A new film entitled "Do Not Resist" documents the dramatic rise of the militarization of U.S. police (video below).
The disturbing movie, which won best documentary at the Tribeca Film Festival, is about how police are using military gear, military training and military tactics on the civilian population.
The Intercept notes the film shows lethal force expert Dave Grossman speaking to police about their first-time kill, which he compares to sex: "Both partners are very invested in some very intense sex. There’s not a whole lot of perks that come with this job. You find one, relax and enjoy it."
Grossman, a retired army lieutenant colonel, also tells the cops: "We are at war, and you are the front-line troops in this war."
The shocking documentary comes from first-time filmmaker Craig Atkinson who told The Guardian: "I wanted to show how ubiquitous his philosophy is and how it has been adopted throughout law enforcement. I don’t think they should be incentivizing law enforcement to commit violence. This is a rape and pillage philosophy versus a protect and serve philosophy."
Grossman, who refused interview requests from The Guardian, says in another part of the seminar: "What do you fight violence with? Superior violence. Righteous violence. Violence is your tool … You are men and women of violence."
Atkinson is not anti-police -- far from it. His dad worked as a cop in Detroit for 29 years; 13 of those years were on a SWAT team.
"When so many people are being killed you need to look at why so many people in law enforcement are imbued with fear and are trigger happy," Atkinson told The Guardian. "I would love to open the debate of how we’re training our officers."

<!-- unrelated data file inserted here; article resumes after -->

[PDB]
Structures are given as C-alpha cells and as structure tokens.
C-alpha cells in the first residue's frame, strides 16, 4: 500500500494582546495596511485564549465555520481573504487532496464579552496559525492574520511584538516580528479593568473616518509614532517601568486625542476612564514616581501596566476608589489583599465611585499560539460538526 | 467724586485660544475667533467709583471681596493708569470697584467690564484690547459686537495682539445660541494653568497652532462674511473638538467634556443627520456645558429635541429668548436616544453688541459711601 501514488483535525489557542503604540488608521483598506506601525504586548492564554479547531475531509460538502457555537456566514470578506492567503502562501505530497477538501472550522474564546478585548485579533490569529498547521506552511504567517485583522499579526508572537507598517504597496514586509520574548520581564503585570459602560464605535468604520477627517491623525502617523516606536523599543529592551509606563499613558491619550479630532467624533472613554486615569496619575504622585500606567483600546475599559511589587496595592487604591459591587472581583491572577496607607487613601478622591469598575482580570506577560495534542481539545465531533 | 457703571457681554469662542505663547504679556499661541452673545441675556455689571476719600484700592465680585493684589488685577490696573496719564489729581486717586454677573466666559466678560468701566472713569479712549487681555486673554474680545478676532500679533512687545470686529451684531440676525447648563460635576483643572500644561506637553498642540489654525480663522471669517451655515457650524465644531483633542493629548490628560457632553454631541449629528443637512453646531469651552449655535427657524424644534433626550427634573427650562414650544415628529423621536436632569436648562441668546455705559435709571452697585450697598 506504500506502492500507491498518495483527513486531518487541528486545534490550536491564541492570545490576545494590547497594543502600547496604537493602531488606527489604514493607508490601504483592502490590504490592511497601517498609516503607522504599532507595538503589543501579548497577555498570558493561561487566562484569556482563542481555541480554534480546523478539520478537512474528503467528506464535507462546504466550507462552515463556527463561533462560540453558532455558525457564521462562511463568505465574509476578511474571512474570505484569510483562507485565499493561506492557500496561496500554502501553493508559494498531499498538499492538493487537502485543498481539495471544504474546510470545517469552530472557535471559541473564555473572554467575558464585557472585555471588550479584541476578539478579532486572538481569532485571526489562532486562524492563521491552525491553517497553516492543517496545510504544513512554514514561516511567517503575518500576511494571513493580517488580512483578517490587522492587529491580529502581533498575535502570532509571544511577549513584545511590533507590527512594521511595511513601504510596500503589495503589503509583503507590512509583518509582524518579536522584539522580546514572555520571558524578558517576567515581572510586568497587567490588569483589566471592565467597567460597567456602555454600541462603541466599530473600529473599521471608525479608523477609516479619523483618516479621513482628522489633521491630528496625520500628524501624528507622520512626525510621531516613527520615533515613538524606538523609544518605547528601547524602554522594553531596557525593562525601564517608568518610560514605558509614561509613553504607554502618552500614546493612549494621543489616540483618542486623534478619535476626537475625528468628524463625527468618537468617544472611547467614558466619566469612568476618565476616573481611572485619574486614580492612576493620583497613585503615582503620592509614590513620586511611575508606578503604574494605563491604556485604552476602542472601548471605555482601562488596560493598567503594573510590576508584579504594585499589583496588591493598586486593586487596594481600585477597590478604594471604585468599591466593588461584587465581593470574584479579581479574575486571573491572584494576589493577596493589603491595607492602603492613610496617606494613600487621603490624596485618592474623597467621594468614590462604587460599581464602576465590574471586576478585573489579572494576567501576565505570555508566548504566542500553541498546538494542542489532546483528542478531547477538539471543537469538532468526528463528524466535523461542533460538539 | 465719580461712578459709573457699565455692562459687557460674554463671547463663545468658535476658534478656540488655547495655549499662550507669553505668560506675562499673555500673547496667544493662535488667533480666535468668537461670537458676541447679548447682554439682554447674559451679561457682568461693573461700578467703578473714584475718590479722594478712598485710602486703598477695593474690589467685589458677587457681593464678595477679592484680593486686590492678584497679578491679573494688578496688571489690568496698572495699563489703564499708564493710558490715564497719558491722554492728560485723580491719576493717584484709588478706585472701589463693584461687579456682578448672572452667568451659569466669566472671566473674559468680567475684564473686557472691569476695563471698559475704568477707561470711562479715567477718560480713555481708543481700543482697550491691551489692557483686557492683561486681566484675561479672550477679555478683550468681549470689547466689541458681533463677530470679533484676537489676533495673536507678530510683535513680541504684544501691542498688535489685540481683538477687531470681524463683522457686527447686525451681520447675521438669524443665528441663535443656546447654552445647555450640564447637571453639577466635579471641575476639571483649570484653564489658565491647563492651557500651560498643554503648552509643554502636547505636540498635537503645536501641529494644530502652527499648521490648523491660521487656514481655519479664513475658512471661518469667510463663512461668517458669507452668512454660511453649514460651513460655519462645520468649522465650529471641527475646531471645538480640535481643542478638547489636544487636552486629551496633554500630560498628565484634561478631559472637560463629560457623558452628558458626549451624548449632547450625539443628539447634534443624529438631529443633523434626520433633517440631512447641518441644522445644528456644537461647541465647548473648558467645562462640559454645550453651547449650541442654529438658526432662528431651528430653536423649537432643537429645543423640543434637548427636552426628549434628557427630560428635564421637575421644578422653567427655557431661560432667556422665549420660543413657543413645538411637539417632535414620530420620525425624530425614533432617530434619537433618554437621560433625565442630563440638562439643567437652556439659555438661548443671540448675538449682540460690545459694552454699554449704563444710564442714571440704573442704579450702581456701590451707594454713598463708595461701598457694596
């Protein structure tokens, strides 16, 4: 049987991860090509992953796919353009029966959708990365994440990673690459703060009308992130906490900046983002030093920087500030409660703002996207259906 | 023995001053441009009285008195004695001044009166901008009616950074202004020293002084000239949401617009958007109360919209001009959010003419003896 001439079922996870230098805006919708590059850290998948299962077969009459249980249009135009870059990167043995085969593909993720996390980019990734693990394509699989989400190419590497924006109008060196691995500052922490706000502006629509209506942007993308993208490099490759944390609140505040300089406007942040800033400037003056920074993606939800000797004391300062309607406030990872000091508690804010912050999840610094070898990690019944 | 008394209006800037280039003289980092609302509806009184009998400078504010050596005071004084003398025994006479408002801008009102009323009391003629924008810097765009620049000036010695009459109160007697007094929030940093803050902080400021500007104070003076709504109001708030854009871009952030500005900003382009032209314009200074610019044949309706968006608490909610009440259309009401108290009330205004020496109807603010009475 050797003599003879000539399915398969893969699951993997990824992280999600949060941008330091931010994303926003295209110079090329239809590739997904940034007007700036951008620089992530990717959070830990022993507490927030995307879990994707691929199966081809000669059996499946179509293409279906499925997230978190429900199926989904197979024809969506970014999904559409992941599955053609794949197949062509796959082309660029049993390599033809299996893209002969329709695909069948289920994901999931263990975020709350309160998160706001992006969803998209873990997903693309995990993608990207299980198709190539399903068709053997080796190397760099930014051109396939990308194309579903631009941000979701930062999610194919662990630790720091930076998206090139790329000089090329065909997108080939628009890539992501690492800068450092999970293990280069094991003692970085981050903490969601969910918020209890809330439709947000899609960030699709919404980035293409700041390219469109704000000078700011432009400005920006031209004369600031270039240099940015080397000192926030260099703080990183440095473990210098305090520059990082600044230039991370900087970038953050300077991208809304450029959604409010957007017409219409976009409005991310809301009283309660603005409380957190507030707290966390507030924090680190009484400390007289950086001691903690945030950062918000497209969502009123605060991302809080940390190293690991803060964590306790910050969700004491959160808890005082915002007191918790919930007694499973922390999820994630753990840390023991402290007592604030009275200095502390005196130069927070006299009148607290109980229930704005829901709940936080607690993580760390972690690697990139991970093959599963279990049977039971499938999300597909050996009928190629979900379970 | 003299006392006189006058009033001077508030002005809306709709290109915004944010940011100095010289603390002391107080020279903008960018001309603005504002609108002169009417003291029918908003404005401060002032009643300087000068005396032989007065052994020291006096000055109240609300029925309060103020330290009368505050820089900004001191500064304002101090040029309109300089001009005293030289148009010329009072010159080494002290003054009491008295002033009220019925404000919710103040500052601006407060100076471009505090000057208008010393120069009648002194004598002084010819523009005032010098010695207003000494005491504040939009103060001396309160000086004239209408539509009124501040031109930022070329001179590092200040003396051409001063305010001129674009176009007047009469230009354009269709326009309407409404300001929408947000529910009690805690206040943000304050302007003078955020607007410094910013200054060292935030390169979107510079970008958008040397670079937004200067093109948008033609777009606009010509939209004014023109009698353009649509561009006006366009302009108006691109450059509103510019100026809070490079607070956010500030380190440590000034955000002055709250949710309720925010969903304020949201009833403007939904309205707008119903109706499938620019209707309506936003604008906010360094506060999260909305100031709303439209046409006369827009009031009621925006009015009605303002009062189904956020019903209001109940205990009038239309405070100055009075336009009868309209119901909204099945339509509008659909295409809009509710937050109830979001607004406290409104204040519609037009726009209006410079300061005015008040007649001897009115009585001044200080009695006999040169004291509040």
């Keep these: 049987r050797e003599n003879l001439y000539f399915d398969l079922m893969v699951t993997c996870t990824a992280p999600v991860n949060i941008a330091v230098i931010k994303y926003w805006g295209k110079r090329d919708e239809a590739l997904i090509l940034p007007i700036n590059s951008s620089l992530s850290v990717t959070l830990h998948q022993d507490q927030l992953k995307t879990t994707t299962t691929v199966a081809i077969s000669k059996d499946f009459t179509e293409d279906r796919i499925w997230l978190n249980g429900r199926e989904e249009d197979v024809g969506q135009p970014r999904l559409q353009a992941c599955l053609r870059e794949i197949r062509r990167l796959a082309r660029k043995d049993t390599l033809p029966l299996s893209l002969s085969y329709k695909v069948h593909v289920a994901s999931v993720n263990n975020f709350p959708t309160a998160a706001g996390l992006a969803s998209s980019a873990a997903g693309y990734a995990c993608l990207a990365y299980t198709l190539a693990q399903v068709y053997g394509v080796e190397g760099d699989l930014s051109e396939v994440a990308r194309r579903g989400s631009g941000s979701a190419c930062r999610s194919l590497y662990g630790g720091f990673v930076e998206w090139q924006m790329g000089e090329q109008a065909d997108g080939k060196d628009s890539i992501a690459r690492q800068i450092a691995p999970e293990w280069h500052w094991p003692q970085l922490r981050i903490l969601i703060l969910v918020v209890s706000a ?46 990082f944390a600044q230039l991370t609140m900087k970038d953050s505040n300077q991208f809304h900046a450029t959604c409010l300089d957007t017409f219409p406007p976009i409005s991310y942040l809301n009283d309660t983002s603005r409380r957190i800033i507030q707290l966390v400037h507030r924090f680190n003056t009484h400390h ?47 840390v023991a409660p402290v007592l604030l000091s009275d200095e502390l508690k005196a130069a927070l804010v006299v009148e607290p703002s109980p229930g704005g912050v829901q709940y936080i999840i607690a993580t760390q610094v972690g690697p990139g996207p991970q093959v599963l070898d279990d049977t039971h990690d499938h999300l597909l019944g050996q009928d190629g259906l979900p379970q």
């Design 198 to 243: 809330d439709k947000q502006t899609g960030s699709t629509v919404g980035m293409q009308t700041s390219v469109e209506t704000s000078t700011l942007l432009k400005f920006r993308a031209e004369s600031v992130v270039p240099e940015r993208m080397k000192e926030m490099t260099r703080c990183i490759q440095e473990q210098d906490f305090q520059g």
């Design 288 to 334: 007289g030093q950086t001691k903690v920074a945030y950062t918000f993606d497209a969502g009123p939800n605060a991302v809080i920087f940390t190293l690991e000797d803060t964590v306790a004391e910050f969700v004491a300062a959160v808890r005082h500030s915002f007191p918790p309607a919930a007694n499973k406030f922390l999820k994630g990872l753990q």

When he first came up with the idea for the film, Atkinson thought he would be making a positive documentary about modern-day SWAT teams.
"I thought the whole time I would be able to show something that would kind of reflect the entire scope of what a SWAT officer might go through sometimes, where you actually do need the equipment," Atkinson told The Intercept.
To Atkinson's surprise, he filmed police SWAT teams using the military weapons to violently serve search warrants on normal homes and families.
"The search warrants, we’re told, are always used for massive drug dealers and kingpins, and then we run in these homes and we never found anything," Atkinson stated.
One cop says in the movie that his SWAT team serves warrants 200 times a year. Atkinson recalled that his father served only 29 search warrants in 13 years while on a SWAT team.
The Intercept notes: "[A]ccording to some estimates, SWAT teams now carry out between 50,000 to 80,000 raids across the country annually."
In addition to showing SWAT teams breaking down doors and terrifying people, the film features Persistence Surveillance Systems, a private security company that is selling aerial surveillance -- first used by U.S. forces in Iraq -- to American police departments.
"We’re not out to watch the whole world, just all the world that’s got crime,” Ross McNutt, president of Persistence Surveillance Systems, says in the film.
"That’s the next wave in the militarization of police," Atkinson told The Intercept. "What we found was a whole slew of retired military officers now in the private sector ... selling the exact same surveillance technology that they just got back from Iraq and Afghanistan with to local law enforcement for small money on the dollar."
Despite the shocking Orwellian police state tactics caught on film, Atkinson says that most cops like the movie, except for one: his dad.
"His major reaction was just disappointment in seeing how far the mission creep had actually gone," Atkinson stated. "It’s obviously disappointing to see something that you were dedicating your life to so completely, evolve into something that you would never want to be a part of."